For his admirers, Ivo Pogorelich “has broadened the horizons of piano literature with his evocative interpretations and refined musical taste.” Others suggest that he is capable of producing a vast tonal palette, although his interpretations can sometimes be marred by eccentricities of tempo and rubato. Pogorelich in turn, considers himself “no more than a servant of the composer, getting a lot of information from Beethoven or Chopin. Even if they do not live anymore, they send it to me, and I am able to reflect it.”
Pogorelich does not receive this kind of information from the score, which he considers a dead part of a library, and not from the instrument. Instead, “I have to receive the information from myself.” As he explained in an interview, “I think I am capable of finding something in it if it is Beethoven, for I am privileged to stand by its tradition. Pupils become teachers, have students, and if you look back, I’m number 7 in the line to Beethoven, in the direct line! Number 5 even in the direct line of Franz Liszt! Like a certificate, I carry this pedigree in front of me. Mine even goes back to Bach! At least I am number 12 in that line.”
Ivo Pogorelich Plays Bach and Schumann
Ivo Pogorelich was born on 20 October 1958 in Belgrade, Yugoslavia, to a Croatian father and a Serbian mother. He started his musical education at the age of seven and gave his solo debut at the age of ten. He studied at the Vojislav Vučković Music School in Belgrade until the age of 12 and was then invited to further his piano studies at the Moscow Central Special Music School with Evgeny Tiamkin. Subsequently, he studied with Vera Gornostayeva and Yevgeny Malinin at the Moscow Conservatory.
In 1976, Pogorelich met the prominent Georgian pianist and pedagogue, Alisa Kezeradze. Kezeradze taught him the basics of the Western tradition passed on by the Russian pianist school, essentially anointing him in the tradition of the Liszt-Siloti school. According to Pogorelich, Kezeradze taught him “Technical perfection as something natural. Second, an insight into the development of the piano sound, as perfected by the pianist-composers of the late 19th and early 20th centuries, composers who understood the piano both as a human voice… and as an orchestra with which they could produce a variety of colors. Third, I learned how to use every aspect of our new instruments, which are much richer in sound. Fourth, the importance of differentiation.”
Ivo Pogorelich Plays Prokofiev’s Piano Concerto No. 3, Op. 26
Pogorelich and Kezeradze were married in 1980, and Pogorelich achieved a series of professional successes in the mid-seventies when he won a state competition in Zagreb. He quickly followed up with a recording of the works of Debussy, Prokofiev, and Kelemen, and he toured the US with the Dubrovnik Festival Orchestra in 1978. In the same year, he won the Casagrande Competition in Terni, Italy, and added first prize at the 14th International Piano Competition in Montreal in 1980.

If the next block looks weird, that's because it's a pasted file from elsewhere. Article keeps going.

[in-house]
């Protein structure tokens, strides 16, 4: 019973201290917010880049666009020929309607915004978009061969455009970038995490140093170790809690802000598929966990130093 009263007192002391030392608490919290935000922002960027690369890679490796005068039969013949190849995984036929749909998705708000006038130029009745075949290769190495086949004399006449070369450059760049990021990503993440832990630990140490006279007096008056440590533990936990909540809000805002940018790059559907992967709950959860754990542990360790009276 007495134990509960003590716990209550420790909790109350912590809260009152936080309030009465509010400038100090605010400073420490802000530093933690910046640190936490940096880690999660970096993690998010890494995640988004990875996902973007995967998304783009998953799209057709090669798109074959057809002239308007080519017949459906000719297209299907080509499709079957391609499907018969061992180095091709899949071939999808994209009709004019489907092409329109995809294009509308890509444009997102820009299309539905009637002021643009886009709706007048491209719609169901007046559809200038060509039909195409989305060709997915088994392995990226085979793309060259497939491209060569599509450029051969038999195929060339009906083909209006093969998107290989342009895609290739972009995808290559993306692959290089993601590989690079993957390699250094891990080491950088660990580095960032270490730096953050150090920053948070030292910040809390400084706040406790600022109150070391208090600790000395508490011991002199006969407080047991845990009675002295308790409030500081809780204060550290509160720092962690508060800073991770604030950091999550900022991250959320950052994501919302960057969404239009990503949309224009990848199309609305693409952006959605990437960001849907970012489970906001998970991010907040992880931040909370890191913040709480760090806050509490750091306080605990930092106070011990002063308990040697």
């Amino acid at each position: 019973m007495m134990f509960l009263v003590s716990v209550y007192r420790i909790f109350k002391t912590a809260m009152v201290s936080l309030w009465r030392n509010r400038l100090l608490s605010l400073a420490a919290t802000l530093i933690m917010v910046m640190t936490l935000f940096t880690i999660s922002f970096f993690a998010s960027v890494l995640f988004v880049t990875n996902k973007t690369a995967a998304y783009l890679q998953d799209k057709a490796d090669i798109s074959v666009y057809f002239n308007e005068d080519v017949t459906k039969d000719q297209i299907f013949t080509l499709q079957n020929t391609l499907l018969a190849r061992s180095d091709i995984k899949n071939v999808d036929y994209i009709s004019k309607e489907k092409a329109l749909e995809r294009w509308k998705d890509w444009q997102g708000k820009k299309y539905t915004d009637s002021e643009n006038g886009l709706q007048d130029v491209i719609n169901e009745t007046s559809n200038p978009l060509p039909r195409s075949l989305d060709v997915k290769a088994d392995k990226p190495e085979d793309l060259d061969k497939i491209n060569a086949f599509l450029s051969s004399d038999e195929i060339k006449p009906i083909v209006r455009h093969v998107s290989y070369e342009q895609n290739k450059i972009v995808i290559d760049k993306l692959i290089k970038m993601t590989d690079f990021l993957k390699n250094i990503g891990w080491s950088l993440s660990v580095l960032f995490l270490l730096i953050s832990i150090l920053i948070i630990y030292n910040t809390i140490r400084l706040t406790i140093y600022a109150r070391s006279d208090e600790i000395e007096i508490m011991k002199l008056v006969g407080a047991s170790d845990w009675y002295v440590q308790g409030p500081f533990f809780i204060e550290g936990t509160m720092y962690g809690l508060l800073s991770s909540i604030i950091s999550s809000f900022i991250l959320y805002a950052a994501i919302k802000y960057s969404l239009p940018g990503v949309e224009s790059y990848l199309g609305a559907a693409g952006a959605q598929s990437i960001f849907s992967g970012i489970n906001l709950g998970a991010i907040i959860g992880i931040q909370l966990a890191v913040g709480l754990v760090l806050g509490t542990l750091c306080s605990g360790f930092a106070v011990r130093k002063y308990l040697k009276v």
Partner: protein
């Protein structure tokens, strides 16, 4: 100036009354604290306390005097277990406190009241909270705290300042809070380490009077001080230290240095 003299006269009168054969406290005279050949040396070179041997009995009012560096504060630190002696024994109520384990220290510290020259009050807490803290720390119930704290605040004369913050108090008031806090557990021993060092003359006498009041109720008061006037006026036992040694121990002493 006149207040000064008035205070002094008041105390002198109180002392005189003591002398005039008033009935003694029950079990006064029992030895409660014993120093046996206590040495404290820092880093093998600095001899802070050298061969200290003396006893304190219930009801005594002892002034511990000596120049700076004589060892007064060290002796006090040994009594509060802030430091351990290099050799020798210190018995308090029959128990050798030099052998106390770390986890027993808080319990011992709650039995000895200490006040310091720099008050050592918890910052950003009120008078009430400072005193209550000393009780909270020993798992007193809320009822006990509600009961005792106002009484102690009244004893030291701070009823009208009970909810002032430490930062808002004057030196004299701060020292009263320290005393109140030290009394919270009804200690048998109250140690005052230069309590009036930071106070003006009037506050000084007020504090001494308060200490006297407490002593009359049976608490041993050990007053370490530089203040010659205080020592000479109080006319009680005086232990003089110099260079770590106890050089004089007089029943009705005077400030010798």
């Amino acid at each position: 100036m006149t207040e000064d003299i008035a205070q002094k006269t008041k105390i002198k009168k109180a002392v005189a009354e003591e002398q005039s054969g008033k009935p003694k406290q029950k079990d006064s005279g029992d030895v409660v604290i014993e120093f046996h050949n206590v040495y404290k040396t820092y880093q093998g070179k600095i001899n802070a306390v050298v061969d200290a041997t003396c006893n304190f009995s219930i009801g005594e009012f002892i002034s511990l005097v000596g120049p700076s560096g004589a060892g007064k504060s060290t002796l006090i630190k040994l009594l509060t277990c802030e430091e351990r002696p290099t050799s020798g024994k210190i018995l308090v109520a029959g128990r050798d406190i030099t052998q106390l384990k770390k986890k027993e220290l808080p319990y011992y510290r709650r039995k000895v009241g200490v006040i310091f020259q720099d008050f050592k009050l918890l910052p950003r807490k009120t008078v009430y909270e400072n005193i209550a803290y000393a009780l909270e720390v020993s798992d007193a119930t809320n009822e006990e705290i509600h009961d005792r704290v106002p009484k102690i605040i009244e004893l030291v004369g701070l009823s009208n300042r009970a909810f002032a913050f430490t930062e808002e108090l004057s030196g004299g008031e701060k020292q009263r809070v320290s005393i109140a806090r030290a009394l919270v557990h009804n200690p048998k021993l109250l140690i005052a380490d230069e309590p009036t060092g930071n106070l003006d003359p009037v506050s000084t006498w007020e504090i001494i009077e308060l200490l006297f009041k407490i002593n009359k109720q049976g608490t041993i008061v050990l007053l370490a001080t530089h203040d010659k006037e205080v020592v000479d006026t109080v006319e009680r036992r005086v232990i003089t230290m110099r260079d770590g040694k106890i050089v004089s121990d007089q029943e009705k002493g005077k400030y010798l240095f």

However, he really came to international attention when he participated in the 10th anniversary edition of the Chopin competition in Warsaw. He entered as a young pianist, and was quickly labeled arrogant “for his unusual attire, chewing gum in public and during interviews, and for his demonic playing.” Louis Kentner, a laureate from the 1932 Chopin Competition, resigned after the first round, explaining to the chair of the jury “if people like Pogorelich make it to the second stage, I cannot participate in the work of the jury.” In the event, Pogorelich was eliminated from the competition before the final stage. And when Martha Argerich proclaimed Pogorelich a genius and quit the jury in an unprecedented act of protest, the controversy got properly started.
Ivo Pogorelich Plays Chopin’s Piano Sonata No. 2 in B-flat minor, Op. 35
There can be no doubt that the Chopin competition was fixed, as “the Soviet Bloc authorities had decided months before the competition that it was politically necessary to have a North Vietnamese winner. Pogorelich explains, “My decision to participate was not at all welcome. I was told I should wait a year, for the Tchaikovsky competition, when I would have the first prize guaranteed.” The competition scandal was the beginning of a distinguished career, and Pogorelich quickly gained recognition as a pianist of exceptional capacities and “contemporary spirit.”
For Pogorelich, interpretation is a question of reading the score. “We can all go to a library and check out the same book,” he explains. “You will read from this book what is important to you, and I will read something completely different, which in turn is important to me. How one reads and interprets the music has to do with previous education, also with instrumental power, but above all with the preparation at school. Some of us were lucky enough to have been influenced by other musicians in our childhood and to have been given knowledge. The question of reading a page of music is a question of interpretation that applies to today and not in the past.”
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Ivo Pogorelich Plays Ravel’s Gaspard de la Nuit